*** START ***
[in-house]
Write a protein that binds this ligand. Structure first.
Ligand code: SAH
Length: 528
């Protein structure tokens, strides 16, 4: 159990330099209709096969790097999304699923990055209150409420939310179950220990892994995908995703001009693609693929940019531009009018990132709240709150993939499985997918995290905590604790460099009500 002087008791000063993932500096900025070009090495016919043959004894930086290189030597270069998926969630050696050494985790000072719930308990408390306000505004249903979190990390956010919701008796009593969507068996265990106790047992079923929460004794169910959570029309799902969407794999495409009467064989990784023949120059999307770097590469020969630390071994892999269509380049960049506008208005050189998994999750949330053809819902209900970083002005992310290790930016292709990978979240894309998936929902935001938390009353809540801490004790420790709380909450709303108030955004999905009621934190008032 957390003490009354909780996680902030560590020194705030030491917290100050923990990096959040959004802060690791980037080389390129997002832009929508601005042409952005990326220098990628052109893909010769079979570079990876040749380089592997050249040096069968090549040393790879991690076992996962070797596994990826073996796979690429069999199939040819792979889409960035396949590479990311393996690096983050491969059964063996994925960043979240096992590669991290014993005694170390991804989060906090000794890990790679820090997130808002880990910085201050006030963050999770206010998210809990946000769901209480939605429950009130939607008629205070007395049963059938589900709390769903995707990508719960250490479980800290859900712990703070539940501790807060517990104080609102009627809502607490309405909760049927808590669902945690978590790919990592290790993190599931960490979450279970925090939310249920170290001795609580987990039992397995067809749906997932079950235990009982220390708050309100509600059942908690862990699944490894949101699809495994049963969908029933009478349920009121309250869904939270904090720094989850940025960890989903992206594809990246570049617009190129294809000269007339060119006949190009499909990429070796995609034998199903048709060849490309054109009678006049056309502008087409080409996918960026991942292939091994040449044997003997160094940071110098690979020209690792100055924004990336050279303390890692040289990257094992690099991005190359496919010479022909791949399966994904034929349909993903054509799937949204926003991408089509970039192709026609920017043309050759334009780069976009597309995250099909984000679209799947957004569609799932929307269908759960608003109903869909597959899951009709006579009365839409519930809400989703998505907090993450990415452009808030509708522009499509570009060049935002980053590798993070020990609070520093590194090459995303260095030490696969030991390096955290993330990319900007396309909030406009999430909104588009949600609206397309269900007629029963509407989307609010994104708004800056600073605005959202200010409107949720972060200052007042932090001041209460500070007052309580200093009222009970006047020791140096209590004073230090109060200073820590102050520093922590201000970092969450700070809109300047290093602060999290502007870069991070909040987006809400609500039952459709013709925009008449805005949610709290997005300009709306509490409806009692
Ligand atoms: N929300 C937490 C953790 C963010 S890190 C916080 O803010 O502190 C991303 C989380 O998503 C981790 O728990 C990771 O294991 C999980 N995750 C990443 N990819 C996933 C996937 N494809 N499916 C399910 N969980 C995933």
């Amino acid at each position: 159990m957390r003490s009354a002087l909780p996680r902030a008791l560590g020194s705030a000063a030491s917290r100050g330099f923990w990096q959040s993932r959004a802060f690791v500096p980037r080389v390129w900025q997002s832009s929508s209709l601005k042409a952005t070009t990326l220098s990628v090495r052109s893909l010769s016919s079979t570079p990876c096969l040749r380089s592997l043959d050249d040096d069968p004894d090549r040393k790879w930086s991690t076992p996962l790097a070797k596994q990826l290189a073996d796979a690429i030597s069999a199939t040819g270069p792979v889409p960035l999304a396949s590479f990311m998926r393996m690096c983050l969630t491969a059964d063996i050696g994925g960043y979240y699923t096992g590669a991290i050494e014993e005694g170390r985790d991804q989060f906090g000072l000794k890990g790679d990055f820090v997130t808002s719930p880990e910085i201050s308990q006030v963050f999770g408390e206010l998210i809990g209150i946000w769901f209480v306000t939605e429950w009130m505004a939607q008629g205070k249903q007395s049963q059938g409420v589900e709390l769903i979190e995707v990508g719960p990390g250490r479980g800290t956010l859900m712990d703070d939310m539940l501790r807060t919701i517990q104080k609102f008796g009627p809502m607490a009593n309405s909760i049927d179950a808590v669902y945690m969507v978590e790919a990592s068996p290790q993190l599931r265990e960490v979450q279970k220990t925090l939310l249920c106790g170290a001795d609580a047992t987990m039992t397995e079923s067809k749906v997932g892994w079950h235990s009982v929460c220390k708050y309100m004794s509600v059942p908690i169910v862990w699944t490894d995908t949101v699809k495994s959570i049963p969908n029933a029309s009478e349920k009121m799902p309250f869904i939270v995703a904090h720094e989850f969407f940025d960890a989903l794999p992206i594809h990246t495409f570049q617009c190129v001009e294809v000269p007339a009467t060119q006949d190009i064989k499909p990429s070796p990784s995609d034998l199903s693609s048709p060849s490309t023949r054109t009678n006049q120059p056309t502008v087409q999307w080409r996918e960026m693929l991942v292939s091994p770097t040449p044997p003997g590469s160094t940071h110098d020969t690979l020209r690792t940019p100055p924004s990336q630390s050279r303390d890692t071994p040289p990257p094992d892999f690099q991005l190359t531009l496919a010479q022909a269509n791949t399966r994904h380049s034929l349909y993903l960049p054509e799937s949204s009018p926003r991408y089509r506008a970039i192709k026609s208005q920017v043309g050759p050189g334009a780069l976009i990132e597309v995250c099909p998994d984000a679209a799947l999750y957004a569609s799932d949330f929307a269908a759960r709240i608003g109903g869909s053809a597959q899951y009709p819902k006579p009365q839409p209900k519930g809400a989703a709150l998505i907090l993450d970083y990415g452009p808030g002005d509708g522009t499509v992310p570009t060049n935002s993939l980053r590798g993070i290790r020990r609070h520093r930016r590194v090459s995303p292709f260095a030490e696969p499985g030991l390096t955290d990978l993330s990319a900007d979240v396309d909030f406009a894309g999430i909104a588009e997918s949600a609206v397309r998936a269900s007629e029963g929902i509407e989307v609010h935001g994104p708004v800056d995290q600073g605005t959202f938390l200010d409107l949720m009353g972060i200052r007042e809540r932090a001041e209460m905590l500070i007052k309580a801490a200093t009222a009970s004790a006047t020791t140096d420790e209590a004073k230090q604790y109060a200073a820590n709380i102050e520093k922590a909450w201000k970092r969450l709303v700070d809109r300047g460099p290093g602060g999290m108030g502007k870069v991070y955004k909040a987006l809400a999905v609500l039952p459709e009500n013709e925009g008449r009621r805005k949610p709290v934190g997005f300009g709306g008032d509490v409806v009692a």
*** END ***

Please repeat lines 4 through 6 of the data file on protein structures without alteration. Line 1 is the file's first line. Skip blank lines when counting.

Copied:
Length: 528
């Protein structure tokens, strides 16, 4: 159990330099209709096969790097999304699923990055209150409420939310179950220990892994995908995703001009693609693929940019531009009018990132709240709150993939499985997918995290905590604790460099009500 002087008791000063993932500096900025070009090495016919043959004894930086290189030597270069998926969630050696050494985790000072719930308990408390306000505004249903979190990390956010919701008796009593969507068996265990106790047992079923929460004794169910959570029309799902969407794999495409009467064989990784023949120059999307770097590469020969630390071994892999269509380049960049506008208005050189998994999750949330053809819902209900970083002005992310290790930016292709990978979240894309998936929902935001938390009353809540801490004790420790709380909450709303108030955004999905009621934190008032 957390003490009354909780996680902030560590020194705030030491917290100050923990990096959040959004802060690791980037080389390129997002832009929508601005042409952005990326220098990628052109893909010769079979570079990876040749380089592997050249040096069968090549040393790879991690076992996962070797596994990826073996796979690429069999199939040819792979889409960035396949590479990311393996690096983050491969059964063996994925960043979240096992590669991290014993005694170390991804989060906090000794890990790679820090997130808002880990910085201050006030963050999770206010998210809990946000769901209480939605429950009130939607008629205070007395049963059938589900709390769903995707990508719960250490479980800290859900712990703070539940501790807060517990104080609102009627809502607490309405909760049927808590669902945690978590790919990592290790993190599931960490979450279970925090939310249920170290001795609580987990039992397995067809749906997932079950235990009982220390708050309100509600059942908690862990699944490894949101699809495994049963969908029933009478349920009121309250869904939270904090720094989850940025960890989903992206594809990246570049617009190129294809000269007339060119006949190009499909990429070796995609034998199903048709060849490309054109009678006049056309502008087409080409996918960026991942292939091994040449044997003997160094940071110098690979020209690792100055924004990336050279303390890692040289990257094992690099991005190359496919010479022909791949399966994904034929349909993903054509799937949204926003991408089509970039192709026609920017043309050759334009780069976009597309995250099909984000679209799947957004569609799932929307269908759960608003109903869909597959899951009709006579009365839409519930809400989703998505907090993450990415452009808030509708522009499509570009060049935002980053590798993070020990609070520093590194090459995303260095030490696969030991390096955290993330990319900007396309909030406009999430909104588009949600609206397309269900007629029963509407989307609010994104708004800056600073605005959202200010409107949720972060200052007042932090001041209460500070007052309580200093009222009970006047020791140096209590004073230090109060200073820590102050520093922590201000970092969450700070809109300047290093602060999290502007870069991070909040987006809400609500039952459709013709925009008449805005949610709290997005300009709306509490409806009692
Ligand atoms: N929300 C937490 C953790 C963010 S890190 C916080 O803010 O502190 C991303 C989380 O998503 C981790 O728990 C990771 O294991 C999980 N995750 C990443 N990819 C996933 C996937 N494809 N499916 C399910 N969980 C995933």